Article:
Published: Wed, October 09, 2019
Markets | By Otis Pena

Gold rises as risk sentiment sours on trade, Brexit uncertainty

Gold rises as risk sentiment sours on trade, Brexit uncertainty

Gold prices eased on Monday as the dollar firmed after a report said China was reluctant to agree to a broad trade deal with Washington, but bullion held a tight range as investors took a wait-and-see approach ahead of US-China talks this week.

Gold prices slipped for a third straight session on Tuesday, pressured by a stronger dollar and an uptick in equities ahead of upcoming U.S.

Gold futures find support near $1,500 an ounce.

Gold is up nearly 18 percent this year and last month hit $1,550 an ounce for the first time since April 2013.

"The stock market is increasing losses, so gold is taking back the safe haven role", ActivTrades chief analyst Carlo Alberto De Casa said, adding, "The markets are also fearing the trade talks and what's going on with Brexit".

For the week ahead, besides trade talks, we have a number of other key events for the U.S., including Fed governor Powell, speaking, the FOMC minutes and United States consumer Price Index. "It's a reflection of the trade war and uncertainty this has created among the Chinese authorities - they need to hedge their risks". "That's the reason why there's a small flight into safe-haven products", said Phillip Streible, senior commodities strategist at RJO Futures. There's $1,465 to the downside and $1,566 on the upside.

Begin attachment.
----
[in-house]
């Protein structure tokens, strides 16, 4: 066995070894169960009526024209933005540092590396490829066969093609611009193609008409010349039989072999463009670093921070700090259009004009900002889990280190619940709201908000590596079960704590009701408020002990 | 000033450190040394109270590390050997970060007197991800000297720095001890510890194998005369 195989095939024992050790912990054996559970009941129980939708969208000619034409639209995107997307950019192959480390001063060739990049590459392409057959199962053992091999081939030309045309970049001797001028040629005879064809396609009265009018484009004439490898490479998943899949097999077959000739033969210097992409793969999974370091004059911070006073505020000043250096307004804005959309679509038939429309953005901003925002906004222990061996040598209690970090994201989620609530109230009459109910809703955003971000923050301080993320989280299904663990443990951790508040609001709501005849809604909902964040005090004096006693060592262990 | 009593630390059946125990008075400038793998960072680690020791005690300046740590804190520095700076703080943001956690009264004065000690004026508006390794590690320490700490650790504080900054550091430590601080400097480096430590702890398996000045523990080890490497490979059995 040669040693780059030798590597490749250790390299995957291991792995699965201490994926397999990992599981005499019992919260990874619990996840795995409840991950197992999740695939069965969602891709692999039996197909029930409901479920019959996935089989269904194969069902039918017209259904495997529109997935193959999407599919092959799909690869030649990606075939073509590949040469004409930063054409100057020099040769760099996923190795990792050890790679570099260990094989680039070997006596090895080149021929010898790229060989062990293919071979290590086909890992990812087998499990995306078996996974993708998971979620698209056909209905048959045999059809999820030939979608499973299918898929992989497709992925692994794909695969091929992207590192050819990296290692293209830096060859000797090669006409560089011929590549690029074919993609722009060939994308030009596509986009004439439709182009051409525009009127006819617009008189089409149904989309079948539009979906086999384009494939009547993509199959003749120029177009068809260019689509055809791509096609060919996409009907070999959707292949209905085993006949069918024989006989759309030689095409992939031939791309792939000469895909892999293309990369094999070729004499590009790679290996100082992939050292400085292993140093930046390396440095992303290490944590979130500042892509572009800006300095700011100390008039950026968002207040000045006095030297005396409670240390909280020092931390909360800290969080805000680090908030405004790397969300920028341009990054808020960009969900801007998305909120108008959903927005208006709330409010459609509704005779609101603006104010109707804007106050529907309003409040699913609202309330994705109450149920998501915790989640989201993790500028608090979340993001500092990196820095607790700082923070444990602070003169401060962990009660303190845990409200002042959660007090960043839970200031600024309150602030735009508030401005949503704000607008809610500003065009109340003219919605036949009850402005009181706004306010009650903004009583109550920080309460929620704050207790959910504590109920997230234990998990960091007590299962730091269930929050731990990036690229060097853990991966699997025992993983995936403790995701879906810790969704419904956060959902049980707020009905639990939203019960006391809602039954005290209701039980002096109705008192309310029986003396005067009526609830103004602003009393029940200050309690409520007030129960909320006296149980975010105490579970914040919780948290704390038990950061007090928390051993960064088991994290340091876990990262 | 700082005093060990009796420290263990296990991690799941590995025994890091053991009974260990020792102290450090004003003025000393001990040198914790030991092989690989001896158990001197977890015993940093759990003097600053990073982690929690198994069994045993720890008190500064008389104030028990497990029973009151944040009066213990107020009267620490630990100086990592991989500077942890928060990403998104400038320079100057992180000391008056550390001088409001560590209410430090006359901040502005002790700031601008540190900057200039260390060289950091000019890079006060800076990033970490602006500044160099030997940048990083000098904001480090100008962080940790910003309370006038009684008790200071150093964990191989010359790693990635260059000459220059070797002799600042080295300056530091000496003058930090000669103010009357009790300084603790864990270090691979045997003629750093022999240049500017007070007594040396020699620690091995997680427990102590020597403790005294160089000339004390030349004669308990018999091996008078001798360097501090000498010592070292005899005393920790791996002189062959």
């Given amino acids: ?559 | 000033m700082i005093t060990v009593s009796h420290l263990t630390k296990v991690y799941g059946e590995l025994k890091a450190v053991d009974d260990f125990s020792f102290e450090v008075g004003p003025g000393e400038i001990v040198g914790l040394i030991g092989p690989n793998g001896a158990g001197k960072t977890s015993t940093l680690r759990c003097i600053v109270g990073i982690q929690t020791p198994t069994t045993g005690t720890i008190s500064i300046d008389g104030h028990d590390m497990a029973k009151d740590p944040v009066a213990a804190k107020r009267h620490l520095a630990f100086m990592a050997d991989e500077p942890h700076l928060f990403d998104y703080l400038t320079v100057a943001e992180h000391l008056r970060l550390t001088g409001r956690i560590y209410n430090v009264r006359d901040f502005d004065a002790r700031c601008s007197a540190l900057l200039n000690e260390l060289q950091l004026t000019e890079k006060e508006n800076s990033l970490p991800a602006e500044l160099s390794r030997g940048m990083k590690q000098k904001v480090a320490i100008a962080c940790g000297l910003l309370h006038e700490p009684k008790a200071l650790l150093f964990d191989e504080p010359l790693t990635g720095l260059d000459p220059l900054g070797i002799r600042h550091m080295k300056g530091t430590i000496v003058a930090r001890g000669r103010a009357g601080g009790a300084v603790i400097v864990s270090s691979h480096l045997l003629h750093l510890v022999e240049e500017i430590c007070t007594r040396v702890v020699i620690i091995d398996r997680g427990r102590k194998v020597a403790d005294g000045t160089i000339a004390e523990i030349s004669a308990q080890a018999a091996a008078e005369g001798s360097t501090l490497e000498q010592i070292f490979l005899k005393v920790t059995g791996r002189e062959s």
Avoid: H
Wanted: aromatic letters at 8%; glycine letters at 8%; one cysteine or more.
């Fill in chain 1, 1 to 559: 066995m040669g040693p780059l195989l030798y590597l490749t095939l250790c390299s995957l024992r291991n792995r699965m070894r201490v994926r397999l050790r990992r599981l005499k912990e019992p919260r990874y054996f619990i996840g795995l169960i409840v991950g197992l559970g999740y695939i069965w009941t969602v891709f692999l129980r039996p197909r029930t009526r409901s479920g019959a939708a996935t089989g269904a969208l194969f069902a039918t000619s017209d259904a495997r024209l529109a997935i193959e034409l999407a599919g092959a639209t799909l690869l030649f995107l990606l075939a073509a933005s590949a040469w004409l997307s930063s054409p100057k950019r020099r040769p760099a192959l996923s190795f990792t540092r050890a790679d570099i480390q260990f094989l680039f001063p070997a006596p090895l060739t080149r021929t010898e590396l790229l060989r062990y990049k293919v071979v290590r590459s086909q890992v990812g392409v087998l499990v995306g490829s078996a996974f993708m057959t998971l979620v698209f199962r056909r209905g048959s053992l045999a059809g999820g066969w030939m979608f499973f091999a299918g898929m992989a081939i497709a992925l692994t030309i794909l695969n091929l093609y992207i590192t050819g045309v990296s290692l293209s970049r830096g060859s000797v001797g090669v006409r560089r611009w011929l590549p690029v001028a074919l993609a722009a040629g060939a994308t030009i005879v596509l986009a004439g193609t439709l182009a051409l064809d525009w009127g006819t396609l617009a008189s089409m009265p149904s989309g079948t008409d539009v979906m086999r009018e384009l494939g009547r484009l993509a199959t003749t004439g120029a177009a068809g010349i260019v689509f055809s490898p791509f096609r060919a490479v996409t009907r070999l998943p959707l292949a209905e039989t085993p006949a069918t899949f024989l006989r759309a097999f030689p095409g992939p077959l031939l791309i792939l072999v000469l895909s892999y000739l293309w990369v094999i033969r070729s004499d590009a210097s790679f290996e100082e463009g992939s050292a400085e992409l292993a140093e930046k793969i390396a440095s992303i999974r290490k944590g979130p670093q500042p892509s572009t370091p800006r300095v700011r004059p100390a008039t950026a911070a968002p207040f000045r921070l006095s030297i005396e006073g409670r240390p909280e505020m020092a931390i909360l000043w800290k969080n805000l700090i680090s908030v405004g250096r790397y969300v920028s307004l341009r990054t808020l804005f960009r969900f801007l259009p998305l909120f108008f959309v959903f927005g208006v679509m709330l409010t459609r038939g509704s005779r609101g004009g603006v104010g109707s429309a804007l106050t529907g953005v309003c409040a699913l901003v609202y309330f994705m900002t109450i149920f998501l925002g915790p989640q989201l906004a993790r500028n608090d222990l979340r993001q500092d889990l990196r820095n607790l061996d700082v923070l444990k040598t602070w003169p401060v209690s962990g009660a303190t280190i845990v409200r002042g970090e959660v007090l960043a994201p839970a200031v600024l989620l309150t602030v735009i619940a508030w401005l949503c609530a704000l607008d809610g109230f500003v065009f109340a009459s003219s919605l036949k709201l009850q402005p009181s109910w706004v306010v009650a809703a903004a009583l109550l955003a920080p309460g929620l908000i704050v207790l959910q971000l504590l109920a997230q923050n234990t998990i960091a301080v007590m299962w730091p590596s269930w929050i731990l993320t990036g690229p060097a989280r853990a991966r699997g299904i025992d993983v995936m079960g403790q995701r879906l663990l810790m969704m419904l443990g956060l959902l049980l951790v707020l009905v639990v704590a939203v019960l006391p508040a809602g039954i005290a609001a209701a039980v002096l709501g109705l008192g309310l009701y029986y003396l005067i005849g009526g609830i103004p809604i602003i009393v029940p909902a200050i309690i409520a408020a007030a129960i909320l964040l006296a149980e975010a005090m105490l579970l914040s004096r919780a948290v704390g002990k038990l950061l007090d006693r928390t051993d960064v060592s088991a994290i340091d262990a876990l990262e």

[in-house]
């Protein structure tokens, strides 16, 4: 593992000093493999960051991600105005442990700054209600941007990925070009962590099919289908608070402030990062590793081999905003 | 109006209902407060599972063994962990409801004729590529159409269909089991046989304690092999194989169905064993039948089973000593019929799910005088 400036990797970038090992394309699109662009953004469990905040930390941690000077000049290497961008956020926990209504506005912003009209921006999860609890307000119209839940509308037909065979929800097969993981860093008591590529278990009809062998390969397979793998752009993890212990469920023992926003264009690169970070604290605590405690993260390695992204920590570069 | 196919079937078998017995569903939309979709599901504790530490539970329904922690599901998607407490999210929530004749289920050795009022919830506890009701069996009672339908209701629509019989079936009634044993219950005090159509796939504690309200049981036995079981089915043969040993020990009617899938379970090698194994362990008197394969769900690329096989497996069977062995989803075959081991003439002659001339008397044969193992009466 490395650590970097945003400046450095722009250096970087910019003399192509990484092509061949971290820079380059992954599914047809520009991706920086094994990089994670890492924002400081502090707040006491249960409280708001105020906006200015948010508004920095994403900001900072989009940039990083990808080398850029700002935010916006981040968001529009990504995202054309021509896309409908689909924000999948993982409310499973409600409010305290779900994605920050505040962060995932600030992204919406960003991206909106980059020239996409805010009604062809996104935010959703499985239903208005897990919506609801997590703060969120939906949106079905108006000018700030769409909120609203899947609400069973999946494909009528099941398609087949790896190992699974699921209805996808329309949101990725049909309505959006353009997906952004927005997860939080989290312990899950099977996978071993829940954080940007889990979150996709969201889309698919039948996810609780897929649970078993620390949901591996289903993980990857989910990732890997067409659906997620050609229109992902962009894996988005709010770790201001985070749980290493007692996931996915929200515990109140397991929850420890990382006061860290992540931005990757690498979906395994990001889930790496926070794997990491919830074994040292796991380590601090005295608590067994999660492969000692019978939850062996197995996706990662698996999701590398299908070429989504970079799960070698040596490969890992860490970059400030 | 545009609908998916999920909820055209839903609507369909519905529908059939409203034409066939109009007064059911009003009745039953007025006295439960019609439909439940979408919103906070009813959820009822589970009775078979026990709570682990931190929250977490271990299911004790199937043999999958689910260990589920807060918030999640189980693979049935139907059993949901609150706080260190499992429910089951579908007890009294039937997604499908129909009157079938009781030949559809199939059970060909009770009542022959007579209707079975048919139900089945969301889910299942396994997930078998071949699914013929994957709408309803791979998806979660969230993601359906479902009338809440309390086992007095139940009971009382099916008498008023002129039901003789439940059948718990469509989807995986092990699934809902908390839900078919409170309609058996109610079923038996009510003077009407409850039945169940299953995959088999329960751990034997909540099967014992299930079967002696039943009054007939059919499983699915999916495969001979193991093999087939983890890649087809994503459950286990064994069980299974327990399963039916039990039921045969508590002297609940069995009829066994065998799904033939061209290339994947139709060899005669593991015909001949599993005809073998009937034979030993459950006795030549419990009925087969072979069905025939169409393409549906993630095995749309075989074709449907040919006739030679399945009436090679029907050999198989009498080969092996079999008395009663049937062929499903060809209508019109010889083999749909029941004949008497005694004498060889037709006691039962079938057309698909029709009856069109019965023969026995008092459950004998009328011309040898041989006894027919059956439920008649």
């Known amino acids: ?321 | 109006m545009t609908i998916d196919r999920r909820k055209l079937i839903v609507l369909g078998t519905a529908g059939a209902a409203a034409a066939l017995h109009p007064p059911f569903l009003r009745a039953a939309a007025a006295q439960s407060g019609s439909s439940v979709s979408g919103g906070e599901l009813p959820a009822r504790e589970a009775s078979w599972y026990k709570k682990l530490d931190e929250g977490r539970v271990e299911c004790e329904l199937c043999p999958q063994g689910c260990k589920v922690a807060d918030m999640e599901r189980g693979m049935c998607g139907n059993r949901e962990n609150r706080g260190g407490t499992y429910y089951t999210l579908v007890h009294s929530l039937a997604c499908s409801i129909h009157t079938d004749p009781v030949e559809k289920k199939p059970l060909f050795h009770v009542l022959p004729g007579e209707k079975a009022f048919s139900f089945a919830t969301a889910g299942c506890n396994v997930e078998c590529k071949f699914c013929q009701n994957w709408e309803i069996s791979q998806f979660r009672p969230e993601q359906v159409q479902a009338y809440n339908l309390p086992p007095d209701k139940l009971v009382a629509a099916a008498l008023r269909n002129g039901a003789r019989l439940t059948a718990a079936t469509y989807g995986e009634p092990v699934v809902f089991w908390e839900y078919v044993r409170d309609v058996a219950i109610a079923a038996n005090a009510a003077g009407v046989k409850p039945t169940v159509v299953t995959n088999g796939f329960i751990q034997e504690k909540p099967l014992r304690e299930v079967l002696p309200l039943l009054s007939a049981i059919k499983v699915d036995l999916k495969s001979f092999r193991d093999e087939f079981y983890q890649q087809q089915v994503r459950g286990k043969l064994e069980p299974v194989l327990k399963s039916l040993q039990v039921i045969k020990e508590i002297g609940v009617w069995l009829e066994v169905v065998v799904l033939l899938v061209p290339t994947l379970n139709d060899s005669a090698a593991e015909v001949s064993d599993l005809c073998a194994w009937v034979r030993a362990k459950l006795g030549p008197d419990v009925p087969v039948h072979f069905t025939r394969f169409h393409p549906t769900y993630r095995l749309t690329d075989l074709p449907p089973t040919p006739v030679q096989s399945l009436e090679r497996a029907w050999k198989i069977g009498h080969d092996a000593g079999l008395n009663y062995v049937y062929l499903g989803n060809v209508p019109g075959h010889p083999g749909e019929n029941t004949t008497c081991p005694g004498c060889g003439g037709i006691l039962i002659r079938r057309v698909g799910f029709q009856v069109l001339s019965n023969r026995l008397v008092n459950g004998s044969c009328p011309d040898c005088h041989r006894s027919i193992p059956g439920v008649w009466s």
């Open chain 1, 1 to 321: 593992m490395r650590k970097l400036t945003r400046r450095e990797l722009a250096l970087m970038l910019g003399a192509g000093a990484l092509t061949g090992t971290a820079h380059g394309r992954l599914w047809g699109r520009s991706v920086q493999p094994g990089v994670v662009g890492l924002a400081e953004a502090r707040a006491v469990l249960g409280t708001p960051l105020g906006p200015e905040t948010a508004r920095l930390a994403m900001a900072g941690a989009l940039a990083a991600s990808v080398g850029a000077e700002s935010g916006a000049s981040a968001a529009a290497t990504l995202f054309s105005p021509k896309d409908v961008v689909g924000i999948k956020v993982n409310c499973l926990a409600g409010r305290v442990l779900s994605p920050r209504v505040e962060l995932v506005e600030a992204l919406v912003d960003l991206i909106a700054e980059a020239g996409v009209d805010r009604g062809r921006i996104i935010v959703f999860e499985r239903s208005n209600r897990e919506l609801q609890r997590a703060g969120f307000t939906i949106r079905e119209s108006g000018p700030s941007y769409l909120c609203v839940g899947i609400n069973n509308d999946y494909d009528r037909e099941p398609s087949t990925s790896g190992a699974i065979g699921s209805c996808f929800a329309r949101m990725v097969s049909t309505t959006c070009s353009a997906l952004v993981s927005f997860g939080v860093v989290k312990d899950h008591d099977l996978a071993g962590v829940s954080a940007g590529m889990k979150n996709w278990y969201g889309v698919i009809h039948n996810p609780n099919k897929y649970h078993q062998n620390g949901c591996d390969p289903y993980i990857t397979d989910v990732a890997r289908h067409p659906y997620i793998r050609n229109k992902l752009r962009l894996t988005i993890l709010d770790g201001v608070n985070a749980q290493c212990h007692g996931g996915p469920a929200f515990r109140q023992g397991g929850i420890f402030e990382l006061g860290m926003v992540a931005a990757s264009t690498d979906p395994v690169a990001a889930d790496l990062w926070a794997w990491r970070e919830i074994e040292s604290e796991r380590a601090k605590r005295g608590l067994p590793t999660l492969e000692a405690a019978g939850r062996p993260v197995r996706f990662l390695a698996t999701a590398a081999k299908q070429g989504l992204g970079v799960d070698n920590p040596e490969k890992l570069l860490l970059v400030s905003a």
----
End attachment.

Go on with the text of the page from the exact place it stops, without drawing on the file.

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On the European front, the prospects of an orderly Brexit seemed dim as a British source said that German Chancellor Angela Merkel told Prime Minister Boris Johnson by phone that a deal was "overwhelmingly unlikely".

Top-level U.S. -China trade talks are scheduled to resume later in the week, when Chinese Vice Premier Liu He meets with U.S. Trade Representative Robert Lighthizer and Treasury Secretary Steven Mnuchin in Washington. They are now the world's biggest purchasers of the metal.

The country's gold reserves hit their highest in more than six years in September, as the trade war and rate cuts boosted investors' interest in non-dollar currencies and alternative ways of storing wealth.

Silver futures for December ended down $0.085, at $17.540 an ounce, while Copper futures for December settled at $2.5770 per pound, gaining $0.0145.

Platinum rose 1.1% to $886.50, while palladium climbed 0.8% to $1,673.25.

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